Pilkington has prepped players for the kind of leagues Zelalem was once expected to star in. He coached Gio Reyna, who’s currently flirting with Borussia Dortmund’s first team at 17, and oversaw the development of Joe Scally, who became NYCFC’s first player to achieve the academy-to-first-team-to-Europe trajectory when Borussia Monchengladbach signed a lucrative deal that will send him to Germany in 2021 for $2 million to $7 million, depending on performance incentives.

Like everyone else, Pilkington once drooled over Zelalem’s potential. “He dribbles like Iniesta and he passes like Xavi,” he said in 2014, not long after his brightest prospect moved to Arsenal. “I’ve thought like that for the past few years but I’ve been wary about saying it. I don’t worry now.”

Then things took a turn. Following a much-publicized courtship by USMNT coach Jürgen Klinsmann, Zelalem made the switch from German youth teams to the United States. Just 34 minutes into the first game of the 2017 U-20 World Cup in South Korea, playing alongside Tyler Adams and Josh Sargent, Zelalem tore his ACL. The injury changed the trajectory of Zelalem’s career. It kept him off the field for more than a year, costing him vital development time and cementing his place on Arsenal’s U-23 squad, a has-been that never quite was.

How He Fits at NYCFC

With Keaton Parks returning to the midfield next to Alex Ring, new sporting director David Lee can afford to take a flyer on a creative, vaguely Parksish backup. Zelalem’s total compensation last season was $78,000, low enough for the reserve roster, where NYCFC will stash him in hopes of polishing him into a useful first-team player.

At first glance, there’s a timidness to the way Zelalem plays. He’s slick-footed and when given space he can create moving forward. You can tell he’s intelligent; there’s a clear idea with his passes. At the same time, there’s too often a sluggish, disinterested manner to his play, like a caricature of Mesut Özil minus the World Cup or any meaningful first-team minutes at a top-tier club.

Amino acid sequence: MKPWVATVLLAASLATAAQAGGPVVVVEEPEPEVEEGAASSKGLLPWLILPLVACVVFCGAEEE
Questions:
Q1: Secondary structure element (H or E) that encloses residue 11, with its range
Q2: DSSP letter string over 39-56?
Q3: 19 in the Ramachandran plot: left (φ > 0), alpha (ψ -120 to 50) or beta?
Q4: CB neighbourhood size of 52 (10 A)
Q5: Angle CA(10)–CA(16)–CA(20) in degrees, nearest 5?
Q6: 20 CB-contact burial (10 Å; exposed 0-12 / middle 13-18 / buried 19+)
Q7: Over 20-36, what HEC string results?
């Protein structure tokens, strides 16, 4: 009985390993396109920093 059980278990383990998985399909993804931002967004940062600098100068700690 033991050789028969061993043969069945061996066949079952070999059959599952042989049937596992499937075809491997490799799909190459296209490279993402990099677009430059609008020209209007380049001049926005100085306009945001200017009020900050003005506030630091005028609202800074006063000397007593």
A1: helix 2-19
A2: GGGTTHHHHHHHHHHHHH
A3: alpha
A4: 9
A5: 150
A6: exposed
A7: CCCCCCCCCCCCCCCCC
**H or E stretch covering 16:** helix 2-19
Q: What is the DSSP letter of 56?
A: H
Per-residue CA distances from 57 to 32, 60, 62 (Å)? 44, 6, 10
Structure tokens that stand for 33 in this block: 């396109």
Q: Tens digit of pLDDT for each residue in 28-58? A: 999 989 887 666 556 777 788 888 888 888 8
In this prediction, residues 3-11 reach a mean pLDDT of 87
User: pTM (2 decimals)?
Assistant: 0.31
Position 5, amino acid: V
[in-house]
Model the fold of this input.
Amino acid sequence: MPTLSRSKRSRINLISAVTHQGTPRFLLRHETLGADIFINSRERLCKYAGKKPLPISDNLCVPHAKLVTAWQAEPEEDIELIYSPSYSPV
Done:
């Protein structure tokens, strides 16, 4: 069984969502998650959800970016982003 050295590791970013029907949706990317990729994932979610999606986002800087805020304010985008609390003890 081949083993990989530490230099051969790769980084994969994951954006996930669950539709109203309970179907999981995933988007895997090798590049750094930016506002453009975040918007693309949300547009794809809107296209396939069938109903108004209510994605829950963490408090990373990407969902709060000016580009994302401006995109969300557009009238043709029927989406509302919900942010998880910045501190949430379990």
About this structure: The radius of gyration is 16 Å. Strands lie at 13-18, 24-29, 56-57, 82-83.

There’s also the question of his position. Zelalem has variously been pegged as a box-to-box guy, an attacking mid (according to his former U.S. youth coach Tab Ramos), and even a defensive midfielder (according to himself). “Honestly, I don’t know what my best position is anymore,” Zelalem told MLS in 2019. “It’s either No. 6 or No. 8. … My ceiling is higher as a No. 6 if I get it right defensively.”

That complicates things a bit. NYCFC currently has a logjam of young players waiting behind Alex Ring. James Sands has been projected as a defensive midfielder by many who question whether he has the physicality to play center back beyond MLS. Justin Haak is being groomed for the same position, and Juan Pablo Torres is still trying to figure out how he can reclaim whatever spark got him a chance in Belgium two years ago.

In short, don’t expect Zelalem to start on opening day. He tallied a whopping nine appearances for Kansas City last year, with little to show for his 463 minutes. At Swope Park Rangers, he played 537 minutes across seven USL matches, scoring one goal. The most memorable part of his American club career so far might be his teammates refusing to pass to him.

At this point, Zelalem is a buy low (really low) prospect, but that won’t stop the American soccer community from dreaming. With his career in steady decline, there’s still a glimmer of hope that maybe, just maybe, a reunion with Pilkington can help Zelalem rediscover the old magic. ❧

Image: Jasper Johns, White Flag

Colorado Preview: What We Talk About When We Talk about Jonathan Lewis

Revisiting a dream that never quite worked out.

Raymond Carver wrote about destroyed souls. His characters were beaten to disarray, stuck in unhappy places in their marriages, their careers, and usually themselves. Take Marge, the narrator of “The Bridle,” who spends her isolated days daydreaming of exotic places while managing an apartment building and working a side job as a not-so-busy hairstylist. One day she’s fixing the hair of a new tenant, Betty, who tells her about a long ago conversation with a high school guidance counselor:

“‘What dreams do you have?’ this woman asked me. ‘What goals have you set for yourself? What do you see yourself doing in ten years? Twenty years?’ … Now, if anybody asked me that question again, about my dreams and all, I’d tell them.”

“What would you tell them, honey?” I have her other hand now. But I’m not doing her nails. I’m just holding it, waiting to hear. …